We finished watching the televised seasons of Buffy a few weeks ago, and I haven’t yet found the time to pick up the first issue of Season 8, so I guess this is as good a time as any to reflect back on the series as a whole.

The thing that sticks with me most is Spike. That character resonates with me, especially in the last three seasons. There was a lot in the UPN seasons that just wasn’t any good. I told the Kid from the beginning that there were five good seasons that come to an end, and when we got to that point, I reminded her that whatever we got after that was bonus, not the real show.

But there were some moments of excellence in those two seasons, and most of them revolved around Spike.

More interesting to me, though, was watching the character of Spike develop while knowing what he was to become. From the beginning, Spike was different from other vampires. Buffy discovers very quickly that his love for Drucilla is his biggest weakness, and she uses it against him, attacking Dru to manipulate Spike into surrendering. Later in the first season, he collaborates with Buffy to get Drucilla away from Angelus, and when he returns to Sunnydale after that, he takes Harmony in and helps her survive.

Sure, all this time he’s a soulless monster whose priorities include food, sex and trying to kill Buffy, but he’s got some key qualities–loyalty, the ability to love, and compassion–that are never found in any other vampires or demons except for Angel. Angel’s compassion is, of course, explained by the fact that he’s had a soul for over 100 years. When the soul is removed, he becomes truly evil again. He’s smarter than other vampires, more well-rounded as a character, and clearly draws on centuries of experience, but his interests include food, sex, and watching others suffer. That’s it. No compassion, no love of any kind, and very little loyalty except inasmuch as he’s able to make an alliance with Drucilla (and Spike).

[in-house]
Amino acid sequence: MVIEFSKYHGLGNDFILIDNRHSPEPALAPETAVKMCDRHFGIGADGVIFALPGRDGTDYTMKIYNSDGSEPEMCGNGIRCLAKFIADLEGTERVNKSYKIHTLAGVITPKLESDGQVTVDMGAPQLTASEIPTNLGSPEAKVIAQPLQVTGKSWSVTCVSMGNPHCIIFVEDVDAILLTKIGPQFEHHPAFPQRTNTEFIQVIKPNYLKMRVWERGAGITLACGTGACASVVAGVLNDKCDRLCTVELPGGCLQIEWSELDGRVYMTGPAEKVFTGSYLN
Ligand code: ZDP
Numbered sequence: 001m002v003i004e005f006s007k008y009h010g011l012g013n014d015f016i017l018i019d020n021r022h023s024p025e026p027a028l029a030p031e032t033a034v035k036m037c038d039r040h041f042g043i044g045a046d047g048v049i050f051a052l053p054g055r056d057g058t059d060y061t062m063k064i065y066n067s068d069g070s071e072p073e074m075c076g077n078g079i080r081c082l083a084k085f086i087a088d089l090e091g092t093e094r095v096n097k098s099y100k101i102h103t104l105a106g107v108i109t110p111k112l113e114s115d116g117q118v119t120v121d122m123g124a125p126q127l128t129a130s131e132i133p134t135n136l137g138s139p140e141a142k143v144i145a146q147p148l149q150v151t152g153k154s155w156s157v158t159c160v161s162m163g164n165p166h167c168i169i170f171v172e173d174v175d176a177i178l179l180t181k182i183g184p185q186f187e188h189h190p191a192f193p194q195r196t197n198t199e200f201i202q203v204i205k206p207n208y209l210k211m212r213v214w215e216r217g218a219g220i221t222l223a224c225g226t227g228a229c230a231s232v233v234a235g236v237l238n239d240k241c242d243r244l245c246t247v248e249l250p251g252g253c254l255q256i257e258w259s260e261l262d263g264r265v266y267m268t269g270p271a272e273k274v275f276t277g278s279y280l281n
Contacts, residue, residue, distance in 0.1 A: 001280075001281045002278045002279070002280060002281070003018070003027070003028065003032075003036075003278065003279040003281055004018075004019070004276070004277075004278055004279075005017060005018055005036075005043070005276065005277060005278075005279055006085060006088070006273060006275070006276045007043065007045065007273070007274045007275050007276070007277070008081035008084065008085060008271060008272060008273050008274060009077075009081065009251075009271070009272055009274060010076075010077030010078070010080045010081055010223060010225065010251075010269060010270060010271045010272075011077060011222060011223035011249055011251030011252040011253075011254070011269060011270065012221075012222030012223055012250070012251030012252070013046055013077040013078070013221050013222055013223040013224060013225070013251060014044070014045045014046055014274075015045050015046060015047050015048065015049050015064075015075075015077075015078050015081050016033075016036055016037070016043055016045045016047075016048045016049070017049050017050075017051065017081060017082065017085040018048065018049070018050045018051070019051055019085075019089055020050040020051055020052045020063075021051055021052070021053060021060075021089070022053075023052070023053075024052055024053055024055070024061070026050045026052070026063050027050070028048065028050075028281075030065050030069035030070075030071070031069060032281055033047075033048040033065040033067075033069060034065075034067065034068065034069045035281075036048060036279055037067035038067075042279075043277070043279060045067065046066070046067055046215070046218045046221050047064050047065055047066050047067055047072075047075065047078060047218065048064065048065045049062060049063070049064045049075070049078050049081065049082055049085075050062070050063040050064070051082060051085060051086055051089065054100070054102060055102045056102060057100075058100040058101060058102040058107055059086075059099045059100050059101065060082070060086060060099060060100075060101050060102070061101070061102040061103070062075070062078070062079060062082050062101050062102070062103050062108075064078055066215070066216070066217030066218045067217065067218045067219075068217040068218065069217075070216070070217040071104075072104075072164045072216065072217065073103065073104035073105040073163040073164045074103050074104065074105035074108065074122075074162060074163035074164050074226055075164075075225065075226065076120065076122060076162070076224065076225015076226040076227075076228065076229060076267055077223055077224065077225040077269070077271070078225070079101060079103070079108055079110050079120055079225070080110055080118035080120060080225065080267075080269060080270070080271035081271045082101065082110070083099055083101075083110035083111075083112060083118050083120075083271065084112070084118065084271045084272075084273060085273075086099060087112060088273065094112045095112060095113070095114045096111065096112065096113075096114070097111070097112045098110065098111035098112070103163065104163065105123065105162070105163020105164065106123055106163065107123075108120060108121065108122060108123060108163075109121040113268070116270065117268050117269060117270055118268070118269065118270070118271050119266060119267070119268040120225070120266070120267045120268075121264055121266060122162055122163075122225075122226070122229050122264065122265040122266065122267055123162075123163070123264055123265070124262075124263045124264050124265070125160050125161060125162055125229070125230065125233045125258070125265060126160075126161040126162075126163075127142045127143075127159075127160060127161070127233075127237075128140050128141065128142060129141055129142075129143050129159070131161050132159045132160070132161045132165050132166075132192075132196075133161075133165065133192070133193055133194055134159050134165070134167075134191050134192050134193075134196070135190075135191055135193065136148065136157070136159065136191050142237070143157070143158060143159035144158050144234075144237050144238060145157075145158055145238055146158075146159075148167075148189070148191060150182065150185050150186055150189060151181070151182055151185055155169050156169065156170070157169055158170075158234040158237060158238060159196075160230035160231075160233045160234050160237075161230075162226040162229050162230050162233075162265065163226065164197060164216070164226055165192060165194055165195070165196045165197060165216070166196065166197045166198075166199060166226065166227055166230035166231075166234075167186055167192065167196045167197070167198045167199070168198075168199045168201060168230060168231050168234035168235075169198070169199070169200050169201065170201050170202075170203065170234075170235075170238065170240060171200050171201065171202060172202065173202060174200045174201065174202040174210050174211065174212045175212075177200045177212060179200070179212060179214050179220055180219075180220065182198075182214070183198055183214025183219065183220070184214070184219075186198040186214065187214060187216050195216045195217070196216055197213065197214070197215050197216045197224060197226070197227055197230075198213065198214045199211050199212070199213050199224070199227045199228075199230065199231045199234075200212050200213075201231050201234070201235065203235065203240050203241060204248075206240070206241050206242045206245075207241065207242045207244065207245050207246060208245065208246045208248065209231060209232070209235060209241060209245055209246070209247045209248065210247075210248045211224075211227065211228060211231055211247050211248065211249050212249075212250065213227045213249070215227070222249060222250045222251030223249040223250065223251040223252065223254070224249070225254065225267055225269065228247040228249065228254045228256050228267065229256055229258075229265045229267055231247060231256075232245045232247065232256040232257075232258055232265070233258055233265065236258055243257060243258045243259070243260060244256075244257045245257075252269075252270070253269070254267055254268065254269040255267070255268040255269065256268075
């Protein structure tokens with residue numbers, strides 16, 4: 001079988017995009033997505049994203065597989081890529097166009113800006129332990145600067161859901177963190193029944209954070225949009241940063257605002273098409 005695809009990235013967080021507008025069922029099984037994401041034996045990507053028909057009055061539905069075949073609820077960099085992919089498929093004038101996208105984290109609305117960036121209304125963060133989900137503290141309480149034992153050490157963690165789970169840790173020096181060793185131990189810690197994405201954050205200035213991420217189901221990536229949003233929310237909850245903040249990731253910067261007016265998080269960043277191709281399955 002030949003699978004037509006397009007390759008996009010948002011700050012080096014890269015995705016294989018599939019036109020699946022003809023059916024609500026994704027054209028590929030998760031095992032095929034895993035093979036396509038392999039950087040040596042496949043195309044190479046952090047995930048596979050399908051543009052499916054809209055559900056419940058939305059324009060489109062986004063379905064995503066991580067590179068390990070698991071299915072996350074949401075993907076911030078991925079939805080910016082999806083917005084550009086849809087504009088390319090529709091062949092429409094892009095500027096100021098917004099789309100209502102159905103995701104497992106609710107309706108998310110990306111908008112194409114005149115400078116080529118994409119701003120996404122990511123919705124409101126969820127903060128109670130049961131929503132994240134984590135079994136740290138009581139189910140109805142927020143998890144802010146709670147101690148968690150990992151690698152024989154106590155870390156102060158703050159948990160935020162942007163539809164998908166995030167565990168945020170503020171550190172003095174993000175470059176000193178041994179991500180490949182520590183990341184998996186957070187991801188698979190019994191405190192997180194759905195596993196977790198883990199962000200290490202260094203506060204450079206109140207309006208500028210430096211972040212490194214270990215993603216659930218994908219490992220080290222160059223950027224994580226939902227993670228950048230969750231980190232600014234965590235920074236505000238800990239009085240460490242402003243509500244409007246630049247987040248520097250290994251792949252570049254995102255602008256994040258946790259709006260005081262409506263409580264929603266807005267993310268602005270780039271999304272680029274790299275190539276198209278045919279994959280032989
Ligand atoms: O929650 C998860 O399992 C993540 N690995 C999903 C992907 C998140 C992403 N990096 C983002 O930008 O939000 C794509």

Spike’s personality is sometimes expanded upon via flashbacks, but those are mostly of William before he was turned. When we see him immediately after Drucilla turns him (in Season 7) his personality is largely unchanged, except that he seems to be enjoying his newfound bloodlust. What spurs his personality change, we are told, is the rejection by his mother when he turns her. A rejection that can be explained by the occupation of her body by a demon. It was not her, Spike realizes at last, but the demon who rejected him. Later, after Spike and Angelus parted company, Spike took on the Billy Idol-like persona that we see on the show.

I just watched an interview with James Marsters, and he said that the reason the character was so good is that the show was about outcasts, and Spike was the outcast of the outcasts. That made a lot of sense. But there’s more. And it’s most obvious in the musical episode.

If you watch the video starting at about 3:35 you’ll see Spike’s part. And if you combine it with the songs he’s already sung, you see that Spike is conflicted about his relationship with Buffy, but he’s been around for a very long time, and he’s gained wisdom in that time. Most vampire’s in Whedon’s world don’t live very long at all. Those that do–Angel, Drucilla, Spike and Darla–and also Anya, who’s not a vampire, but is a thousand years old–have a deep wisdom about them.

But they’re still…human? Or whatever. They are flawed, and the wisdom doesn’t cure that. So Spike knows that Buffy is using him, but he’s in love with her, and he’s always been a bit of a victim to love, first with his mother, then the girl he wrote poetry about, whose name is not important, then Drucilla, whose insanity required constant maintenance and sacrifice on his part, and finally Buffy, who is willing to confide in him and sleep with him but not tell anyone about it. That’s all true, and he knows it’s his flaw, but he also knows a lot about the world because he’s older than any human has ever been.

So it’s only he who can save Buffy’s life at this moment. And all of that comes together in a freaking musical episode. It’s brilliant.

And I just found out today that Spike was brought back to life on Angel and is in the comics, so that’s some joyful news.